So to set the stage we need a little back story. This happened in a Pathfinder Living Campaign ran over discord chat and Roll 20 a few years ago. Essentially the game was a sandbox where players could interact at any time with the world and each other. Due to the nature of a LC we had multiple GMs, and GMs were allowed to have their own characters; with rules that they couldn’t give rewards to themselves through plot threads and encounters. In the campaign we had a former GM turned problem player who was removed from power due to some very unsavory things. We’ll call this former GM Alex. Alex at the time was still a GM and had a bad habit of using their GM and out of character knowledge to meta game. Things such a knowing other characters stats, knowing about future events happening in the campaigns over arching story, and using information from the chat log where her character wasn’t involed. This manifested mostly in small ways that only benefited them in role play such as picking fights with people she knew she could beat, spreading “roumors” with information from chat logs, and having her character prepare for events before they were announced. This often drew the ire of the players as well as the other GMs but they would fall back on how meta gaming was technically not against he rules.
This came to a head when another player made a Ninja specialized in bluff and disguise. The genreal idea was they would appear as an old man during social interactions but then would use thier ninja skills during encounters, all the while keeping their true idenity hidden. Knowing that Alex would meta game, and potentially ruin thier character, they purposefully left their characters name off their sheet, but told all the other GMs the characters name. They all understood the reasoning and allowed it, much to the distain of Alex who starts doing everything they can to learn the ninjas identity. A month goes by of interaction between the two with the Ninja always managing to bluff or disguise their way around Alex’s then fighter, despite the fighter having several levels over the Ninja. This incensed them a great deal and would often make snide remarks in general chat and in character about the Ninja. Then came the fateful day that their fighter died. The campaign used a slow leveling track and the rules were that since leveling took so long that if a character died as part of an encounter, the player could make a new one minus a couple levels. This way losing months worth of near daily play and investment wasn’t as painful. Alex then decided to roll up a Paladin. Not just any Paladin mind you, a Paladin dedicated to truth.
With the stage set, our story begins. A plot thread gets dropped by one of the GMs about a job from the local guard to help find a missing persons and to clear out a potential bandit cave. Seeming to be a simple job a party starts to form to take it on. Alex joins the party, seeing as they had just gotten their Paladin approved that day. Our group is now Alex the human paladin, a changeling sorcerer, an elf ranger, a vanaran rogue, and Me a tiefling barbarian who was more like a rage druid without magic. Once the party is established, a group of 5 level 12 characters, the GM gets settled into the story.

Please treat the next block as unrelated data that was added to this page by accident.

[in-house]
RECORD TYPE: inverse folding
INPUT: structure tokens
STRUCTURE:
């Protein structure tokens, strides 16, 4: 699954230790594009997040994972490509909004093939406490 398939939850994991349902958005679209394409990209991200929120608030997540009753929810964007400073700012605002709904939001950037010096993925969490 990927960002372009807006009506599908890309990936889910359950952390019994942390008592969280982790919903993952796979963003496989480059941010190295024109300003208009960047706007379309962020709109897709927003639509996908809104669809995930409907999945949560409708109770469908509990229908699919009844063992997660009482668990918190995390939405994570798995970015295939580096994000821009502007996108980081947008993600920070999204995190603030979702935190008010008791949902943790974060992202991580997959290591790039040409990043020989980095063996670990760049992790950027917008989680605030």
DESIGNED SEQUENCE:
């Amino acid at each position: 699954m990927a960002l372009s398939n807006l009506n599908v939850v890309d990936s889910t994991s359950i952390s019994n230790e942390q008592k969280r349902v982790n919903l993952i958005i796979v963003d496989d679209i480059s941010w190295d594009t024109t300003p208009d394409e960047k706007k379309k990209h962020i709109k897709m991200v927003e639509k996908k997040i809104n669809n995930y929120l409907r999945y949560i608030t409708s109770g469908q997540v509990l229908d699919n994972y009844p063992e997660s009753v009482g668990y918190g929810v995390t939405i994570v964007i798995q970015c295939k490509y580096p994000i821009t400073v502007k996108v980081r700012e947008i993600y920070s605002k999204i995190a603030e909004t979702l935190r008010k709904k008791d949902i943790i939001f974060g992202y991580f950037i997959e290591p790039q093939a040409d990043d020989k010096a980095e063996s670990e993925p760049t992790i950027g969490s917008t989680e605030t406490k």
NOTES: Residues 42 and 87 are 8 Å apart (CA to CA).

GM, “As you gather around the table, a guard begins to explain the situation to you all. ‘We had a report of a few missing hunters in the woods, so we sent a scouting party a to see if we could find them. What they found were signs of a fight at what appeared to be their camp and drag marks leading to a cave just south of town.'”
Alex, “I wish to sense motive.”
GM, “sure, roll it.”
Alex rolls a 13, but what we see in the side bar surprises all of us. “13+30=43”. The GM is silent for a moment, possibly processing the high modifier. “Uhm, ok then. Well you get the idea that the guard is…”
Alex, “no not the guard, the party. I want to get a sense of how the party is reacting to the job.”
The chat falls silent for a few seconds before I pipe up. “I look annoyed that someone is trouncing about in my forest and you get the feeling I want to get this done as fast as possible.” My way of telling Alex to stop wasting time in character. The rest of the party gives similar answers and we move on. After getting the rest of the information from the guard we head off. Me being the one with the highest survival I lead the group throught he forest. As we make our journey to the cave the Paladin begins to grill each of our characters.
“Where are you from? Why are you in town? What are your strengths?” Making sure to sense motive every chance they get. As they turn their attention to me I respond in character. “Hush with your inane questions, you make it hard to listen to the forest.”
Alex, “‘I will speak as I wish brute’, I also wish to roll sense motive to see if he’s getting ready to attack me.” The GM let’s out a sigh then says to go ahead.
“Don’t bother”, I say “you have a +30, even on a 1 you can tell that he’s annoyed at your prattling and is trying to concentrate on finding the camp site and cave.”